Most Viewed Stories
The Fashion Executive Who Doesn’t Wear Underwear on Dates
25 Famous Women on Being Alone
22 Intimate Lost Photos of Marilyn Monroe
Prince George Has No Time for Justin Trudeau’s High Fives
How Angelina Jolie Won the First Big Battle in Her Divorce
It’s Time to Get Over Your White Feelings and Start Taking Action for Black Lives
Madame Clairevoyant: Horoscopes for the Week of September 26
The Will & Grace Reunion Was Intensely Documented for Social Media
Amy Schumer Went All Out for the Kiss Cam at a Mets Game
The 6 Best Denim Shops on Etsy
From Our Partners
powered by PubExchange
The Cut’s Latest Love and War FeaturesAva DuVernay on Hollywood Racism, Modern-Day Slavery, and Why She’s Still an Optimist
The director, whose new documentary The 13th chronicles America’s history of racial subjugation, talks to Rebecca Traister about Bill Clinton, Newt Gingrich, and the modern criminal-justice system.What No One Tells Couples Trying to Conceive
It helps to be rich.The Hidden Black Women Who Helped Win the Space Race
A segregated unit of mathematicians born of desperation during World War II became the secret to NASA’s success.Slut-Shaming Squids Are Everywhere
The “Bermuda Square” comic strip is back.Santigold’s New Video Is the Result of a Spontaneous Run-in With Kara Walker
The collaboration that dreams are made of.Emma Stone and Andrew Garfield Spotted Together Again, Love Might Be Real
They could be back together ahh!Teen, Forced to Go on Vacation With Her Family, Calls 911
The logical decision.Report: Hearst Fired Seventeen EIC Michelle Tan During Her Maternity Leave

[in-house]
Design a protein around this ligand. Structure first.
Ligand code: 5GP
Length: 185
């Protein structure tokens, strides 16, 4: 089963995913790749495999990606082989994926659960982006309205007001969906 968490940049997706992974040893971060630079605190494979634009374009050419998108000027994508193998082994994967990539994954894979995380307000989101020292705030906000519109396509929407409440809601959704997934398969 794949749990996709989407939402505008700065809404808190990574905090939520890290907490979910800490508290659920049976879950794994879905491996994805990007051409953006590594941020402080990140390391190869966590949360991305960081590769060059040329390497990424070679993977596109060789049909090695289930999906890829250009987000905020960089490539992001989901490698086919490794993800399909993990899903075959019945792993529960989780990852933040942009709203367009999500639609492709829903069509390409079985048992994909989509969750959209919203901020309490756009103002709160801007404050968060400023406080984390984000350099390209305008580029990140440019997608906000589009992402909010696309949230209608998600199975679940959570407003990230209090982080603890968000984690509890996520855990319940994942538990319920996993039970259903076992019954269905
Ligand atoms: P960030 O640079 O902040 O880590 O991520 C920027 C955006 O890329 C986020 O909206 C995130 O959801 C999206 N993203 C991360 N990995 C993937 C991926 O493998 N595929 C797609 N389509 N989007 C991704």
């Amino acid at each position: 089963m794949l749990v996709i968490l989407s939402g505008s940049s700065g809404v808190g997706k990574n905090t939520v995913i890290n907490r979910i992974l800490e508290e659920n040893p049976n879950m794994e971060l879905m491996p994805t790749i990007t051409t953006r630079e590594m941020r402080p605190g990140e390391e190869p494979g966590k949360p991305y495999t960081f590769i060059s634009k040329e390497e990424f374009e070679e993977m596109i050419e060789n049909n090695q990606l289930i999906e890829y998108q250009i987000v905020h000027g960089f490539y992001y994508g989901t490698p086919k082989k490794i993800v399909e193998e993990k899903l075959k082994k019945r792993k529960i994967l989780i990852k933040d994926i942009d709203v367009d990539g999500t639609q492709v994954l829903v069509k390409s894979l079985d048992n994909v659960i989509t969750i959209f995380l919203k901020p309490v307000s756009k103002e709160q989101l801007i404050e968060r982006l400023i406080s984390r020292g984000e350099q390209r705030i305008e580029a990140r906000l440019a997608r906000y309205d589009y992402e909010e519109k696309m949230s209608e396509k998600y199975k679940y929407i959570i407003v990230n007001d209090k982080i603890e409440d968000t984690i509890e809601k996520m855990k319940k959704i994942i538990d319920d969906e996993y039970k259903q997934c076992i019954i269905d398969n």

Tan had been at the magazine for about two years.Good Morning America Host Amy Robach Apologizes for Saying ‘Colored People’ on Air
She quickly apologized.Unknown NFL Player Tries to Get Attention by Asking Aly Raisman Out in Video
That’s one way to do it.
Marissa Cooper is poised for a comeback ... maybe.California Votes to Remove Time Limit on Prosecuting Rape Cases
In light of the Bill Cosby case.Beyoncé’s Behind-the-Scenes Lemonade Photos Belong in a Museum
She had the "Boycott Beyoncé" sign already in formation on set.The Rise of the Male Celebrity Full-Frontal
An ex-publicist explains.Gabby Douglas Will Be a Miss America Judge
The gold-medal gymnast will help choose the 2017 pageant winner.Camille Becerra’s Photo Diary of Rockaway Beach
An ideal trip to add and cross off your summer bucket list.Sorry Nerds, Ian McKellen Won’t Officiate Your Expensive Lord of the Rings–Themed Wedding
Not even for $1.5 million.Miles Teller Is Still Upset About Being Called a Dick
He wants to set the record straight.Why Parents Shouldn’t Talk About Weight With Their Teens
New guidelines seek to banish weight talk.UVA Student Assaulted at Knifepoint During Orientation Weekend
But some students weren't notified until 24 hours later.